The court record noted that in the week of May 25, 1935, three men, Dayton Dean (who was not a defendant), Harvey Davis and Charles Rouse hatched a plot to lure Coleman to Rush Lake in Livingston County, Mich., on a promise to have a party “with some of the boys in his (Army) outfit.”
Dean claimed that Davis wanted to shoot an African American “to have a little target practice and have a little excitement out there.” Rouse said Coleman would be a good target as they had worked together.
On the night of the murder, Rouse and Dean picked up Coleman and they drove to the swamp, followed by a car with Davis, Lorance and Lee. The cars stopped and Coleman got out but it was tool late when he realized his danger. Lorance, Lee and Bannerman fired at Coleman who ran and jumped in a swamp. The three emptied their guns and killed Coleman. They then drove back to a cottage, had a drink, and divvied up Coleman’s money, a total of $10.
Among those with connections to the Black Legion was Wilber Brucker, the governor of Michigan from 1931 to 1933 and the U.S. Secretary of the Army between July 21, 1955 and Jan. 19, 1961. Other members included dozens of police officers, a Michigan legislator and Wayne County prosecutor Duncan McRea who said that he had “accidentally” signed a membership card. The Detroit Tigers player/manager and future Hall of Famer, Mickey Cochrane, also was believed to be a member.
Another victim of Black Legion violence was 34-year-old Edward Armour, who was seriously injured after a legion member shot him on Feb. 16, 1935. Armour, an African American, was in the wrong place at the right time. He was walking down a street in Ecorse, Mich., at a time when legion members were stalking another black, Clarence Oliver. Davis and Dean were going to Oliver’s home when they saw Armour and one of the legion members called out, “I want to kill a nigger.” They stopped the car and fired one shot at Armour, who survived but sustained serious injuries.
Three days later, James Bailey, an African American political worker for Ecorse, Mich., Mayor William W. Voisine, died in a mysterious fire at his home. Voisine believed the Black Legion had started the fire because of their opposition to Voisine.
Jews and Catholics were also targeted by the Black Legion. One month after the Poole murder, Major Gen. Virgil F. Effinger, a former Klansman and electrician from Lima, Ohio, and leader of the Black Legion from 1932 to 1936, plotted to plant small boxes with tubes of hydro-cyanic gas and clocks that acted as a timing devices in synagogues across the country. Effinger claimed the poison gas devises were manufactured by Black Legion members at a poison gas factory in Edgewood, Md.
During the 1920s, Michigan reportedly had more Klansmen than any state in the country, with an estimated 80,000 to 120,000 members, half of whom lived in Detroit.
In his 1993 book, “UNDER THE STAR OF THE GUARD” “The Story of the Black Legion,” Mark S. English wrote that Klan membership rapidly eroded after news of the death of Madge Oberholtzer filtered throughout its ranks. The woman had been coerced into meeting Imperial Wizard David Curtis Stephenson on March 15, 1925. While in a drunken state, Stephenson tortured and raped Madge. She feared the Grand Wizard would rape and torture her again so she swallowed six tablets of mercuric chloride hoping Stephenson would take her to the hospital where she could be safe.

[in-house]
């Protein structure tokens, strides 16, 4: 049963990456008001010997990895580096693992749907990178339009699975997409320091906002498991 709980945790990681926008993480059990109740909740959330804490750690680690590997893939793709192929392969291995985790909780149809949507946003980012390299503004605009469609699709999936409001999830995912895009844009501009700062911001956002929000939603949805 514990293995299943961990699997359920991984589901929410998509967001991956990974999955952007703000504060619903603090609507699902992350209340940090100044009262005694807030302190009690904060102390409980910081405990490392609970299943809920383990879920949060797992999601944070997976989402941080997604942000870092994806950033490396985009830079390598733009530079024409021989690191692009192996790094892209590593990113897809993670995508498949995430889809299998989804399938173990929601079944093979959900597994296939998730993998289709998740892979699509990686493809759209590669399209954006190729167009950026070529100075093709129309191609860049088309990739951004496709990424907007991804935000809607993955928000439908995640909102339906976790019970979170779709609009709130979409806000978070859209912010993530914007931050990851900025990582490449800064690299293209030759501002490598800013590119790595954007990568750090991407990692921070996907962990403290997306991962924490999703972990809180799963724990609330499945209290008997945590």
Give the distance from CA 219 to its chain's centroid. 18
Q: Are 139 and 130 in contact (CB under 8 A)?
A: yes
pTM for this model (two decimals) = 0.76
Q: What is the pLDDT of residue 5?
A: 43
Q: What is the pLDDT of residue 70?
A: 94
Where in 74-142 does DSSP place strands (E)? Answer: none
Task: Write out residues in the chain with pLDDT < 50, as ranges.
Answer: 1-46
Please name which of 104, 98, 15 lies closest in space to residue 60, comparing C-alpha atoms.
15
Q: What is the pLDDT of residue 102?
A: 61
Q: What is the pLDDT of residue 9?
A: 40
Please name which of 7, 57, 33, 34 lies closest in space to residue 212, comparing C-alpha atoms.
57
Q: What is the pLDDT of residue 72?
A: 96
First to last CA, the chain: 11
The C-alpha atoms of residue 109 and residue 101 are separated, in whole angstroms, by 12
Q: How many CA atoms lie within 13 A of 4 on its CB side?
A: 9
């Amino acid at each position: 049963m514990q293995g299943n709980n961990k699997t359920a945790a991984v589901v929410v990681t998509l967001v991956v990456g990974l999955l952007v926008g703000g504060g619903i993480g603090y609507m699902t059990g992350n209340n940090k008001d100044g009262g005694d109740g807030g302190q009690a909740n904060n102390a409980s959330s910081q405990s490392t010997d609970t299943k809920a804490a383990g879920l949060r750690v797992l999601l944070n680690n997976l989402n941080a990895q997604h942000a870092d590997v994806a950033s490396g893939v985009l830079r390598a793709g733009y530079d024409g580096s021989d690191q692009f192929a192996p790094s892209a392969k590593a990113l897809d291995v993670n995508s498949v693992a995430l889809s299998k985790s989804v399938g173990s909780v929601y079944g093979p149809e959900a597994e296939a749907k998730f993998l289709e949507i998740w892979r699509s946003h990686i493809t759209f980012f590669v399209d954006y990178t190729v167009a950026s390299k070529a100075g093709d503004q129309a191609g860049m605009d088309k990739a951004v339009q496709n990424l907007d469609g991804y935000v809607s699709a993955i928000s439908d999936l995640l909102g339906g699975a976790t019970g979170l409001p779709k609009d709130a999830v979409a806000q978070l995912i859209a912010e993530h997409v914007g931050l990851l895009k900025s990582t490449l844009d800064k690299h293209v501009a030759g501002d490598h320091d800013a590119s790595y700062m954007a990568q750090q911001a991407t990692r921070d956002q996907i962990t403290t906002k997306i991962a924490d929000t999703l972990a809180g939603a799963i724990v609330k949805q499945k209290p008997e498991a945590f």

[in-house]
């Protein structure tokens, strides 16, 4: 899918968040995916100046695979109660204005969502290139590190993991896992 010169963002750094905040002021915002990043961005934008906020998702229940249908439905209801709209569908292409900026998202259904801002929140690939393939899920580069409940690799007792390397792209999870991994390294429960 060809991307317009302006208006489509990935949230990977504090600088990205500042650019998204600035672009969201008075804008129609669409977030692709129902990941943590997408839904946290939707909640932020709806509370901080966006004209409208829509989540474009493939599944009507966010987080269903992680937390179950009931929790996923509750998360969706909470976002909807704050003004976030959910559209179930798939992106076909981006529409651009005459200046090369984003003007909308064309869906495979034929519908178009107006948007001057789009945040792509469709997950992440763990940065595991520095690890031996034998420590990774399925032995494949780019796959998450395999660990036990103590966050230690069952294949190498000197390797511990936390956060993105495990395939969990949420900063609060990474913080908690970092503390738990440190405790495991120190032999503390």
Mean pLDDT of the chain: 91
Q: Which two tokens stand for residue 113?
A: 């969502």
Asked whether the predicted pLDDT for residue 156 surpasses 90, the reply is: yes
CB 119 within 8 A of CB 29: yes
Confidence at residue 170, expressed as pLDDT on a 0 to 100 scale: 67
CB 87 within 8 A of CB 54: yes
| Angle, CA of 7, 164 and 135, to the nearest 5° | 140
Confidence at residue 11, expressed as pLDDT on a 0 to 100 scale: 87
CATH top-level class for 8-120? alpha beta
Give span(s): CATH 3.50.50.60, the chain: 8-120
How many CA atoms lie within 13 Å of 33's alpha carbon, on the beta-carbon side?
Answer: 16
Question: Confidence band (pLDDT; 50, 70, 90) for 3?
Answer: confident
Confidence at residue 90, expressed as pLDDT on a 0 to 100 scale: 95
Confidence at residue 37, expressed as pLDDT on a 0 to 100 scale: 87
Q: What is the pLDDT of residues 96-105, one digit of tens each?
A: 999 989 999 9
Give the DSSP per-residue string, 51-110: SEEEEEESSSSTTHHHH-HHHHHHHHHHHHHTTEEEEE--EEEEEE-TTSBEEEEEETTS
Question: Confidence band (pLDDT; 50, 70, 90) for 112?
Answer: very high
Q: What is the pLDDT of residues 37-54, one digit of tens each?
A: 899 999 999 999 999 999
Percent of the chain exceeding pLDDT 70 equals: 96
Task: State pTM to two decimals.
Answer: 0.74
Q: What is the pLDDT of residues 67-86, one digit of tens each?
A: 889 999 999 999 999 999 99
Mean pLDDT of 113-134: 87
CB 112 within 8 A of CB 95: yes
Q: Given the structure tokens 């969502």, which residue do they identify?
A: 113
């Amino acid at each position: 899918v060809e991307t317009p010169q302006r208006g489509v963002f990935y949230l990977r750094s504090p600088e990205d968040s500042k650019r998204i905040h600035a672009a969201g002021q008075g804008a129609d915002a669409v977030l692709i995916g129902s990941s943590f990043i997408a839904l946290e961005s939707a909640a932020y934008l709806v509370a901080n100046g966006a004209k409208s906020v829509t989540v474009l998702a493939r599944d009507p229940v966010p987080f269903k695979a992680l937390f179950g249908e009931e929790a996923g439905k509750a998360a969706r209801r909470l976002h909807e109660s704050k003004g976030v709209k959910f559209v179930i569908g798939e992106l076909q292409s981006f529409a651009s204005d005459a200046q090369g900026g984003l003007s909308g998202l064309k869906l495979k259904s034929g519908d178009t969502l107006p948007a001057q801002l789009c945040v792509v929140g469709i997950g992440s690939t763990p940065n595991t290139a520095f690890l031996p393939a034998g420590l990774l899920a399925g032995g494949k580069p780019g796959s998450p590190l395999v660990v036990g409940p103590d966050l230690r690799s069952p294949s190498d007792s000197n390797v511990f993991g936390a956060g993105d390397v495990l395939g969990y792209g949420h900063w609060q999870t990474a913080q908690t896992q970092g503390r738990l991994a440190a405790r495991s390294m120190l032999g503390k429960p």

A few days before her death she wanted to expose the crimes committed by Stephenson and asked that her doctor and two lawyers to take her final testimony. Her deposition proved damaging to Stephenson and the Ku Klux Klan.
Stephenson was sentenced to life in prison and in an act of revenge, he went on to implicate several public officials. The testimony along with extensive newspaper coverage, caused the Klan’s membership to fall precipitously to about 30,000 after a peak of 6 million in the mid-1920s.
During the period when the Klan’s membership was falling, William Shepard, a former Grand Cyclops in the Klan and doctor in the small town of Bellaire, Ohio, created the Black Legion. Like the Klan, Shepard and his followers believed the country was slowly being taken over by “aliens.” The Legion’s enemies remained the same as the Klan’s: Catholics, Jews, immigrants, blacks, Communists, and labor activists.
The Black Legion expanded and became more violent after Effinger, assumed leadership in the early 1930s. Effinger helped recruit large numbers of members in Michigan.
The Black Legion may have had one victim whose son went on to be a major African American leader.
One evening in 1931, the Rev. Earl Little, a Detroit resident, was run over by a streetcar in Lansing. Authorities considered the death either an accident or a suicide. Little’s young son, Malcolm later believed his father had been executed. Malcolm Little later changed his name to Malcolm X and rose to worldwide prominence with the Nation of Islam.
Earl Little was a Baptist minister from Reynolds, Ga. Little and his wife were long-standing members of Marcus Garvey’s Universal Negro Improvement Association (UNIA). Garvey was a black nationalist and Pan-Africanist. Little worked as an organizer for the movement during the 1920s and at one time served as the president of the Omaha, Neb., branch.
In addition to its racism, the Black Legion was violently against organized labor, fearing it was funded by communism. English wrote that no criminal charges were ever brought against the Black Legion or the automotive giants in their symbiotic association with each other.
“However, it can be said that Michigan and Ohio auto manufacturers encouraged the Black Legion by turning their heads whenever crimes were committed against groups or individuals who opposed the company’s agenda.” English wrote.
The Black Legion had unofficial friends in high places throughout the auto industry, such as automotive titan, Henry Ford. Ford’s anti-Semitic, nativistic views were highly respected by the Black Legion.